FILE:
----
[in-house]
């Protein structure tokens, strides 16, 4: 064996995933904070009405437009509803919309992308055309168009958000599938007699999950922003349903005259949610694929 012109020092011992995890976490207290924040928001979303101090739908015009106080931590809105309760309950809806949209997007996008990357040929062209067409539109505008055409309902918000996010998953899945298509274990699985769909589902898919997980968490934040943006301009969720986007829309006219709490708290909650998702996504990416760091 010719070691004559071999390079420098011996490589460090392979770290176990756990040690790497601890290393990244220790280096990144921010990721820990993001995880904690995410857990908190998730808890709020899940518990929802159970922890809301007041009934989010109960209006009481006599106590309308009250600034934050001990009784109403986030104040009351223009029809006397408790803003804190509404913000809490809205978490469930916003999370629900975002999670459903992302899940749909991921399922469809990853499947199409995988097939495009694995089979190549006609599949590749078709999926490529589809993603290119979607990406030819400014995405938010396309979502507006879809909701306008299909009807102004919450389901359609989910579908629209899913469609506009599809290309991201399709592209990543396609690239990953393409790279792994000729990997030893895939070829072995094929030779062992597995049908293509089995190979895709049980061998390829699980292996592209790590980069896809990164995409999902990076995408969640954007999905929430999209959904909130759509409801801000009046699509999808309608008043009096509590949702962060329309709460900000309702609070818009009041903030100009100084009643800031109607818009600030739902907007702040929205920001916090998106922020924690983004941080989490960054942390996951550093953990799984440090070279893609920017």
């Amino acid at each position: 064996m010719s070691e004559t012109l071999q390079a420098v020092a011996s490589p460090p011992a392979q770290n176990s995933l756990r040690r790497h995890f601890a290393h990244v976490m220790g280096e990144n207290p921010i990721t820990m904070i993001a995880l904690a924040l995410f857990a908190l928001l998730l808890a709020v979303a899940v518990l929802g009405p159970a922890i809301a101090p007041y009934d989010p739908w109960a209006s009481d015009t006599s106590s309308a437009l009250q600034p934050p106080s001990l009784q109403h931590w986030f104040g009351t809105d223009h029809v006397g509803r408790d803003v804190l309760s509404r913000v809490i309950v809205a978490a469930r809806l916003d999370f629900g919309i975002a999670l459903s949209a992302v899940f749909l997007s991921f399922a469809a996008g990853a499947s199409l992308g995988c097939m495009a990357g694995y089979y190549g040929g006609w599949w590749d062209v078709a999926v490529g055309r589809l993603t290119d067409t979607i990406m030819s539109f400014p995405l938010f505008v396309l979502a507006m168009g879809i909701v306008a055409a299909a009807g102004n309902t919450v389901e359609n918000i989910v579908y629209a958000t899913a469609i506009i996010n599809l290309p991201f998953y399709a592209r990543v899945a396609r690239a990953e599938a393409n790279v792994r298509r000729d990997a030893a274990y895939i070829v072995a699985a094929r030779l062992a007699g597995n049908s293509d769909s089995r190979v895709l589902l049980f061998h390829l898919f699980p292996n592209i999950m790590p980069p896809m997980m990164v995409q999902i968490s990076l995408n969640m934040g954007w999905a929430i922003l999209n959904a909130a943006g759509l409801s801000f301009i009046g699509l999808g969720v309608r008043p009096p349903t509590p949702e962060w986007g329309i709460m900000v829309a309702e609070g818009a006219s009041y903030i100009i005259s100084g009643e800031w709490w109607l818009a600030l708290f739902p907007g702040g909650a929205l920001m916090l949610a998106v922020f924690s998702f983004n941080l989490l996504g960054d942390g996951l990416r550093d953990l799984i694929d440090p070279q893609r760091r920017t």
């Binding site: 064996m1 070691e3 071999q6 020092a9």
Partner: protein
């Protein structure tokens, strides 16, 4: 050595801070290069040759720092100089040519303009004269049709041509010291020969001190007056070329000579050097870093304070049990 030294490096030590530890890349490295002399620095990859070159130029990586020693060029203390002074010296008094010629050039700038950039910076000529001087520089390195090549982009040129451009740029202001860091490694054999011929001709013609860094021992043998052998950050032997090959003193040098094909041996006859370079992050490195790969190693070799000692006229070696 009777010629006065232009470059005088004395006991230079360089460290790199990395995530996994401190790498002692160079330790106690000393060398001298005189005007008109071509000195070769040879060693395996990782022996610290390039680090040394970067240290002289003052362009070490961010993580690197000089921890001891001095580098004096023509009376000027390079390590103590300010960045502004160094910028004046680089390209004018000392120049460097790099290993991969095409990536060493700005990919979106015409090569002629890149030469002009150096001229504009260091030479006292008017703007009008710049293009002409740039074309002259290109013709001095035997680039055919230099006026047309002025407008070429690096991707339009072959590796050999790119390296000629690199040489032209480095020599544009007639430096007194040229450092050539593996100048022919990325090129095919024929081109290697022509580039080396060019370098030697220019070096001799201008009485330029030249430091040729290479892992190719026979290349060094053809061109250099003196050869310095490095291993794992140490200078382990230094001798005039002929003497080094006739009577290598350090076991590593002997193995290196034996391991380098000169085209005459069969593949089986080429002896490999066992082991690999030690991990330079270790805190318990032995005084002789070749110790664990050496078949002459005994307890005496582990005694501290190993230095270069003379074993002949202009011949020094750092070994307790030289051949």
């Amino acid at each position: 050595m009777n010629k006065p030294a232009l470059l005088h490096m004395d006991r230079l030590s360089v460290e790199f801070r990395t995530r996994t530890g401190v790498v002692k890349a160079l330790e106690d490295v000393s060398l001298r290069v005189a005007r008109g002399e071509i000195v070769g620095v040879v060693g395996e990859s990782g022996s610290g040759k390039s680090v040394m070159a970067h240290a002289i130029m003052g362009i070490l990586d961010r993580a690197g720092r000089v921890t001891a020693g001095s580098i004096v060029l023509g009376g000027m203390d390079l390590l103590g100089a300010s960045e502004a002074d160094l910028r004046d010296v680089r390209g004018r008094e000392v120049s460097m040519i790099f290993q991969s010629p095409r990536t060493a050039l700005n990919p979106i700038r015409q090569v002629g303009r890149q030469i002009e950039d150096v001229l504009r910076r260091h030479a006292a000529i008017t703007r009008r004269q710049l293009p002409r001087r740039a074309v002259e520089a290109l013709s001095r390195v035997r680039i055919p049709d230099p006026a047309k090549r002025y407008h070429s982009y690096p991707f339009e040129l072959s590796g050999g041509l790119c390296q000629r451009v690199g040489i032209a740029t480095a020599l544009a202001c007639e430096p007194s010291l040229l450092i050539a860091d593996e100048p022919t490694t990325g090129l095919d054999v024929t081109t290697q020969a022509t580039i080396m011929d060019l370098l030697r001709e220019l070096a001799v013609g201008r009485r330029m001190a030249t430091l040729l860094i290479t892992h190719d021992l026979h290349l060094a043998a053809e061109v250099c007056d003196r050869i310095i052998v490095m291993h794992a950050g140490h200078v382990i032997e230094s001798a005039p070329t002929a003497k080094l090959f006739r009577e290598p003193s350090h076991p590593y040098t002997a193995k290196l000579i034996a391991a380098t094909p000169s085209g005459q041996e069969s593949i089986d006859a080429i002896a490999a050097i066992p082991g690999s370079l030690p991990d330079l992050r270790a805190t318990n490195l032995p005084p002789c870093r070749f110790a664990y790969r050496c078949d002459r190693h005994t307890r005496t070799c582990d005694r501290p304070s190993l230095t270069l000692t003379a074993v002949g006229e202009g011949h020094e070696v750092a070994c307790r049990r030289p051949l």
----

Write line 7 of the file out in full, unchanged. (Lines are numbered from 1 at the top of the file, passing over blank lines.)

């Amino acid at each position: 050595m009777n010629k006065p030294a232009l470059l005088h490096m004395d006991r230079l030590s360089v460290e790199f801070r990395t995530r996994t530890g401190v790498v002692k890349a160079l330790e106690d490295v000393s060398l001298r290069v005189a005007r008109g002399e071509i000195v070769g620095v040879v060693g395996e990859s990782g022996s610290g040759k390039s680090v040394m070159a970067h240290a002289i130029m003052g362009i070490l990586d961010r993580a690197g720092r000089v921890t001891a020693g001095s580098i004096v060029l023509g009376g000027m203390d390079l390590l103590g100089a300010s960045e502004a002074d160094l910028r004046d010296v680089r390209g004018r008094e000392v120049s460097m040519i790099f290993q991969s010629p095409r990536t060493a050039l700005n990919p979106i700038r015409q090569v002629g303009r890149q030469i002009e950039d150096v001229l504009r910076r260091h030479a006292a000529i008017t703007r009008r004269q710049l293009p002409r001087r740039a074309v002259e520089a290109l013709s001095r390195v035997r680039i055919p049709d230099p006026a047309k090549r002025y407008h070429s982009y690096p991707f339009e040129l072959s590796g050999g041509l790119c390296q000629r451009v690199g040489i032209a740029t480095a020599l544009a202001c007639e430096p007194s010291l040229l450092i050539a860091d593996e100048p022919t490694t990325g090129l095919d054999v024929t081109t290697q020969a022509t580039i080396m011929d060019l370098l030697r001709e220019l070096a001799v013609g201008r009485r330029m001190a030249t430091l040729l860094i290479t892992h190719d021992l026979h290349l060094a043998a053809e061109v250099c007056d003196r050869i310095i052998v490095m291993h794992a950050g140490h200078v382990i032997e230094s001798a005039p070329t002929a003497k080094l090959f006739r009577e290598p003193s350090h076991p590593y040098t002997a193995k290196l000579i034996a391991a380098t094909p000169s085209g005459q041996e069969s593949i089986d006859a080429i002896a490999a050097i066992p082991g690999s370079l030690p991990d330079l992050r270790a805190t318990n490195l032995p005084p002789c870093r070749f110790a664990y790969r050496c078949d002459r190693h005994t307890r005496t070799c582990d005694r501290p304070s190993l230095t270069l000692t003379a074993v002949g006229e202009g011949h020094e070696v750092a070994c307790r049990r030289p051949l």